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The spice stall looked interesting too, but again the owner was nervous
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Not to worry down the main shopping street by the permenent market all the fruit, vegetable, nuts, mushrooms, cheese, meat and fish sellers were tres jolie, one poissonier even pretending a live crab was about to pinch Zaleha as she looked at it by thrusting it at her and manipulating it's claws with a great guffaw and a mile wide grin.

we bought several items there for our picnic lunches - including tasty large caper berries
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I did see a bottle in the window of a specialist wine shop in Entraygues, but this shop was never open during the 4 days that I was there.

Shortly before leaving for home I found the same bottle on sale in a delicatessen in Albi.

I bought one, but along with all the other tinned and canned delicacies I had to pay an excess baggage fee of £200 - which would have only cost £38 had I paid for a 3rd suitcase in advance. :(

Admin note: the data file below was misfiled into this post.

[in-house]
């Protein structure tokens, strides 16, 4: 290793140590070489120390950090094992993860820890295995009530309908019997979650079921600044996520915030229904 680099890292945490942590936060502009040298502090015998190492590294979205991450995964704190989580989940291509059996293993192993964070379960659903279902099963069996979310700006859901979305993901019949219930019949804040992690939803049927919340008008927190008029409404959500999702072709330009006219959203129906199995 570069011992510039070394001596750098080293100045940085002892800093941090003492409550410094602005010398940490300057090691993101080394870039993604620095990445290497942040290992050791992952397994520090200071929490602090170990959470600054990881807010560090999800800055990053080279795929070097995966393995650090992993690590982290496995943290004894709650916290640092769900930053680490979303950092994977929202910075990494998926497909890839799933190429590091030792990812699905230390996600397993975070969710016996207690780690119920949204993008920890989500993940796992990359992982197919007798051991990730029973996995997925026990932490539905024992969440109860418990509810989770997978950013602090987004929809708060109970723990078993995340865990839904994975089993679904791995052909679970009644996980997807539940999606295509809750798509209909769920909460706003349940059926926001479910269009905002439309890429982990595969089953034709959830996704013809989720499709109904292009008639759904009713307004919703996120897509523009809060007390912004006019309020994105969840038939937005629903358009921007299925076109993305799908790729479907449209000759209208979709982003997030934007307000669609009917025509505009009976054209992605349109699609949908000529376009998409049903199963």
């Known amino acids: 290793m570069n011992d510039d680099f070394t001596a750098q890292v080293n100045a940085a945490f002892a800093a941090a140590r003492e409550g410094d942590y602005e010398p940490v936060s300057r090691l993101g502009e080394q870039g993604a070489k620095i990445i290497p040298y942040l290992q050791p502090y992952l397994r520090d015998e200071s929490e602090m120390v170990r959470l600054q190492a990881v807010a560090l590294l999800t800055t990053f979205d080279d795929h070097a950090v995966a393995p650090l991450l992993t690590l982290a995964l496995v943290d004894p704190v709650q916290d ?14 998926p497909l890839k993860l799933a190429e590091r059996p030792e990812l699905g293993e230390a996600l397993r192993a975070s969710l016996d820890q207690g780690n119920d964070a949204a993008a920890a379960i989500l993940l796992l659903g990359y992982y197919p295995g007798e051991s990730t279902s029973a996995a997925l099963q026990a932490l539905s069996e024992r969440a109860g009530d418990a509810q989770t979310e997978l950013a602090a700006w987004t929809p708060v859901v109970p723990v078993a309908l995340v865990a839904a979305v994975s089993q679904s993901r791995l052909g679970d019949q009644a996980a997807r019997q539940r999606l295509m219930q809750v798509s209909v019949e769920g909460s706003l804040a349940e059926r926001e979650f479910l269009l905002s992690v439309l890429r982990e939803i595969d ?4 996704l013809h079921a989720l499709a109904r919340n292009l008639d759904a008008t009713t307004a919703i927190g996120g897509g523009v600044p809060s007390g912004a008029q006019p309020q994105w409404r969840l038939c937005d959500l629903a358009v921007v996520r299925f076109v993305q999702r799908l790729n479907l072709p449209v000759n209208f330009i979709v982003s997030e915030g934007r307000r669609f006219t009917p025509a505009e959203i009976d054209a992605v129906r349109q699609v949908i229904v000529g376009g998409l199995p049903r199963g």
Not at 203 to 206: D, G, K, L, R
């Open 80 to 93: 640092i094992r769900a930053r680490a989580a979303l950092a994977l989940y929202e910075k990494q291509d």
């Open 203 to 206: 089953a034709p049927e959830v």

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I hope it is this good, because I have still not got around to trying it, I am still working through my Green Walnut Liqueur ("Liquor De Noix" - a sturdy digestif) and my Chestnut Liqueur ("Liquor De Chataigne" - an excellent addition to White Wine for a pre meal 'Kir Chataigne' a very favourable alternative to Liquor de Cassis for the traditional Burgundy Kir)

Next year maybe I will get organised in advance pay for several suitcases in advance, and search out more dried leaves and other goodies.

Strangely, I never made the connection when walking in the hills we often trod on plants releasing a mint scent, or stooped to look at a flower and discover the leaves were 'minty'. The picture on the bottle revealed that we had encounterd The D'Aubrac several times on our walks - maybe next year I will take a pair of scissors on our walks, or a good laguiole knife :D

In the meantime I still have my Calamint Liqueur to look forward.